CollegeJourn chat offers direction

CollegeJourn has posted a wrap-up of its “Bring a Professor” chat. The chat discussed ways to help prepare students for journalism careers.

What was the most surprising thing about the list? Many of the things on the list aren’t hard to do and don’t cost money. What they do require is a professor who is willing to learn new skills and think about journalism in a different way.

Requiring Twitter in a class is free. Having a teacher who can show students how to use Twitter and where to learn about Twitter is the difficult part.

Having students keep blogs is free. But having a teacher who knows how to blog and how to monitor and critique the blogs takes time. The professor needs to keep a blog himself/herself and follow blogs.

The simple fact of the matter is, in my experiece, many professors don’t know how to use Twitter, have never been on Facebook or My Space, and don’t know about blogging. Many want to learn, but don’t have a clue about where to start.

If we are going to help our students, we teachers have to help ourselves. Ideally, one can find a colleague or training session to show the way, but if not, here are some good places to start:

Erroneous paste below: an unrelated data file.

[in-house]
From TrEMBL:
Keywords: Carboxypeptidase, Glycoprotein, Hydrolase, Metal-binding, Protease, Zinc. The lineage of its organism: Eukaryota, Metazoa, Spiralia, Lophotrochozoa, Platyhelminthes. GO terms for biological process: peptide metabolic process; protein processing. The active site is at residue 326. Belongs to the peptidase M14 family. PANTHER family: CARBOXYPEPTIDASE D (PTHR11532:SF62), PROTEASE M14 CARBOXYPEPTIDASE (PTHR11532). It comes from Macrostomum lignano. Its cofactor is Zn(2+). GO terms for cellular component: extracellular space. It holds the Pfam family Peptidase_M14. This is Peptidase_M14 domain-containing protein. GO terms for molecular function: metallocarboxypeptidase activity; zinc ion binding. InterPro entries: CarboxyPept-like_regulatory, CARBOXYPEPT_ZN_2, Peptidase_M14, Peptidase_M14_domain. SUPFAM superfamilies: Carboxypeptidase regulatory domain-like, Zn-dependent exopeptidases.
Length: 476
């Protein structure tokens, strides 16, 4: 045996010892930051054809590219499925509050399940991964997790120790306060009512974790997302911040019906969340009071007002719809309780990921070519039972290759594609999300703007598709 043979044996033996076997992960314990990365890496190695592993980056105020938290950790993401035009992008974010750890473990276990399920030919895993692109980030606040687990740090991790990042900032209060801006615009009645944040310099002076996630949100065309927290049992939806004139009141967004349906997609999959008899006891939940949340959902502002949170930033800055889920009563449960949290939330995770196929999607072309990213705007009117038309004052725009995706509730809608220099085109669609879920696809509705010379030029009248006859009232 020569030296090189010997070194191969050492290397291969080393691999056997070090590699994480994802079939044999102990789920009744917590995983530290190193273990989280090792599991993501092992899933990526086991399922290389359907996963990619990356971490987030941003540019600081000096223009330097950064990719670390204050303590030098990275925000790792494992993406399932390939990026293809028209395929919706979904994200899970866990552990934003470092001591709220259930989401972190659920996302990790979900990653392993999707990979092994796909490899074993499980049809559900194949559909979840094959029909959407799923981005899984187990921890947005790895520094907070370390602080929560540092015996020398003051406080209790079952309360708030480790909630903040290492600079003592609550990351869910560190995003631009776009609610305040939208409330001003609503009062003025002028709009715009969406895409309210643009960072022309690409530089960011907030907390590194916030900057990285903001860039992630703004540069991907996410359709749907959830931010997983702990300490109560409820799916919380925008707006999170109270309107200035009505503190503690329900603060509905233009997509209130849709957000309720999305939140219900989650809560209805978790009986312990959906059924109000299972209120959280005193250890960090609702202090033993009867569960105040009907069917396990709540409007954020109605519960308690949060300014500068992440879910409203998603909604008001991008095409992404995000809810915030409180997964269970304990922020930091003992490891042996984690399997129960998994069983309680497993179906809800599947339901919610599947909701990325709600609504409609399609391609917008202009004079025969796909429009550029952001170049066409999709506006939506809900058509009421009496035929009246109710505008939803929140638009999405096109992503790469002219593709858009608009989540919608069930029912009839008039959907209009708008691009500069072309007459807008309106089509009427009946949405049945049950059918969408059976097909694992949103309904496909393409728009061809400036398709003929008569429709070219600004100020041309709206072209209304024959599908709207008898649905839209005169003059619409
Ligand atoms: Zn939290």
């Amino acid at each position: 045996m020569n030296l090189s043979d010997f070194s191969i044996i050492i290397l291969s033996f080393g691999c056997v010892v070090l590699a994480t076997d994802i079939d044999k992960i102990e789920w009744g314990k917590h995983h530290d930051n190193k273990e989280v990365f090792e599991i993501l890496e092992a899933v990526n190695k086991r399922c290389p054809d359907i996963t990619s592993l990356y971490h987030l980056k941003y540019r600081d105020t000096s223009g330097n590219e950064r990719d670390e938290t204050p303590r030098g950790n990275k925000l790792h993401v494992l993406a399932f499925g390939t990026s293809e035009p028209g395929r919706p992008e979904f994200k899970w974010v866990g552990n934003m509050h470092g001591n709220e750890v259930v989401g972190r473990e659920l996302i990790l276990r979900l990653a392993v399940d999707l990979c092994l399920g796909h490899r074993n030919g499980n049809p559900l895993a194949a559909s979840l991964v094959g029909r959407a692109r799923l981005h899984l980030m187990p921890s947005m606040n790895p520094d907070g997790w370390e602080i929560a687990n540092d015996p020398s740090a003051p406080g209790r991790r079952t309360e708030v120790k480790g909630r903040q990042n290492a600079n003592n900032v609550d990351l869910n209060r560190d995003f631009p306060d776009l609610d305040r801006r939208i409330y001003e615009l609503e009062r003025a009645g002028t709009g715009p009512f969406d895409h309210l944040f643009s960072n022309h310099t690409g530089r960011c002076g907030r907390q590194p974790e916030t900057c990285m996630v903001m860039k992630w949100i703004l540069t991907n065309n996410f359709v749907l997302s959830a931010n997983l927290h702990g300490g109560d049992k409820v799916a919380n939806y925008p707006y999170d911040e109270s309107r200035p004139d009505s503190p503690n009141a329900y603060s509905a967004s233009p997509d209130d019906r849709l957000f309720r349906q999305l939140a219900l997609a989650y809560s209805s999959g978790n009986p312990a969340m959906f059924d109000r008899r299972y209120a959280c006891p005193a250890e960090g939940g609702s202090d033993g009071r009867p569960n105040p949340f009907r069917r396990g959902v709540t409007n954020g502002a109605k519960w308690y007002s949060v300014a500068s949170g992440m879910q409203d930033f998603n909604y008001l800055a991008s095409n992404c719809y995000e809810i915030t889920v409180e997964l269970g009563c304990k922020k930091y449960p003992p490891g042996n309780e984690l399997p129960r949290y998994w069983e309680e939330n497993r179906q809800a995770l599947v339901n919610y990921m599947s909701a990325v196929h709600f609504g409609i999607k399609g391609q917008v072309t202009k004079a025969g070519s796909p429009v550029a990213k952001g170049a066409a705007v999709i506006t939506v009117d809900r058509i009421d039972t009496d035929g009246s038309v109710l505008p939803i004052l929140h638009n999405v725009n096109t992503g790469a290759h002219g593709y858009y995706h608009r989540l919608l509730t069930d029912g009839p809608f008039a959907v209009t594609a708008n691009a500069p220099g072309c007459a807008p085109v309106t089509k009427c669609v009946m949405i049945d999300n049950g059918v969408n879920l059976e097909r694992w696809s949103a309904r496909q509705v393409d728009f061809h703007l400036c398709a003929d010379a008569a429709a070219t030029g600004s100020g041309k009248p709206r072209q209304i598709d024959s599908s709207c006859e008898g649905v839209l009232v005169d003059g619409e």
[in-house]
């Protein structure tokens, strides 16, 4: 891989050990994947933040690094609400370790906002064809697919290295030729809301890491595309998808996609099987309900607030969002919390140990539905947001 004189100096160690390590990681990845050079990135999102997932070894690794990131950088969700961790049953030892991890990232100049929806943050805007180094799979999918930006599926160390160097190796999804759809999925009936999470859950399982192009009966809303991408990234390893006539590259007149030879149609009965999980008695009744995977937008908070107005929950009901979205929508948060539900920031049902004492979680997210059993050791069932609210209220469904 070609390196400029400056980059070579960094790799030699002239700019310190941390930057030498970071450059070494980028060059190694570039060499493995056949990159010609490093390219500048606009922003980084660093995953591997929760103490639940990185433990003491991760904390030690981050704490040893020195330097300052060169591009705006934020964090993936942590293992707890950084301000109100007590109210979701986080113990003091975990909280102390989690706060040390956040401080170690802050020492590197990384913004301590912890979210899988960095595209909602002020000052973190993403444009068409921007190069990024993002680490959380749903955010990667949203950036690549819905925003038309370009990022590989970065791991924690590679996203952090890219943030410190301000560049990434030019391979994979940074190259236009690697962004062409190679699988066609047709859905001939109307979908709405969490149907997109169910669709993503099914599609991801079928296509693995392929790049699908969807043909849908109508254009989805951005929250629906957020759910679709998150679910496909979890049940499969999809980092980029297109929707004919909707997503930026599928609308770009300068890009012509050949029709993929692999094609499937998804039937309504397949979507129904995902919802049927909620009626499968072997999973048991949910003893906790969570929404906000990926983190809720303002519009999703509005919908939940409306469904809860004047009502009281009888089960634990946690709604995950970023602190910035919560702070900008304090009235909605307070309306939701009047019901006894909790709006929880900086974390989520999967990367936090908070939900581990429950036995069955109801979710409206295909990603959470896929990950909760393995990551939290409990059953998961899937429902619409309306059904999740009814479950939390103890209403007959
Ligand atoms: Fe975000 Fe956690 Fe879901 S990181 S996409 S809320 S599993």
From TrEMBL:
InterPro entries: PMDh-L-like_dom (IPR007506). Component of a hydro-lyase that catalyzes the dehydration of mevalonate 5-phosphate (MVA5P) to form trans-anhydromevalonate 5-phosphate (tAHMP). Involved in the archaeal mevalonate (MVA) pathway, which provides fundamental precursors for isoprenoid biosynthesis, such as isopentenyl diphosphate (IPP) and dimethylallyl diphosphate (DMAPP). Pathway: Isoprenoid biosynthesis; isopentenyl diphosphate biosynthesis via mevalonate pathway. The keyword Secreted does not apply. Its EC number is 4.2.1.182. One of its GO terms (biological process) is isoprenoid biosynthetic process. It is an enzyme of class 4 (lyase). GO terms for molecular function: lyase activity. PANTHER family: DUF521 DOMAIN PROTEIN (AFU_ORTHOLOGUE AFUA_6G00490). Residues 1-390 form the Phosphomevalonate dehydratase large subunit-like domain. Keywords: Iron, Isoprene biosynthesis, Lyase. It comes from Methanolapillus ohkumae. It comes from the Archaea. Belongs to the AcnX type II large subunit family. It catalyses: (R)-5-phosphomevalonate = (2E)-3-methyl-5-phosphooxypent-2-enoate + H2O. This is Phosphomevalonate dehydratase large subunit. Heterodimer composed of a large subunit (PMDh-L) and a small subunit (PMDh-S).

Save the Media:  Gina Chen provides basic, clear directions on how to use Twitter, blogs and other social media to do journalism.  Her site helped me figure out Twitter. I use her tips in my journalism classes all the time.

Problogger: Darren Rowse’s site gives practical advice on everything from blogging tips for beginners to making money from blogs.

News University: The Poynter Institute offers online courses–many for free. You just have to sign up. I’ve taken several of them, and they are fabulous.

4 responses to “CollegeJourn chat offers direction

  1. Great post. For some reason, I didn’t even think about the cost benefit – or rather, the lack of cost!

  2. Thanks for commenting, Suzanne. I appreciate it!🙂

  3. Marsha — thanks for the kind shout out!

    I think you make a great point about teaching twitter and blogging being free! So why not do it. I’d add to that that if j profs aren’t fluent yet in twitter or social media, find someone who is and ask them to do a guest lecture. (People who really care about teaching journalists to use social media are often willing to share their ideas.)

    I recently guest lectured at Utica College on using Facebook, and, quite frankly, had a blast. I’m speaking at a SUNY Oswego panel discussion on new media next month. I for one feel a mission to spread the word, and I think many journalists share that zeal.

    So j-profs, we’re all learning. You’re not alone. We’re all transitioning together.

  4. Thanks, Gina. What a great idea to invite guest speakers! I think that would take some of the fear away from professors. And it’s good to know we’re not alone…:-)

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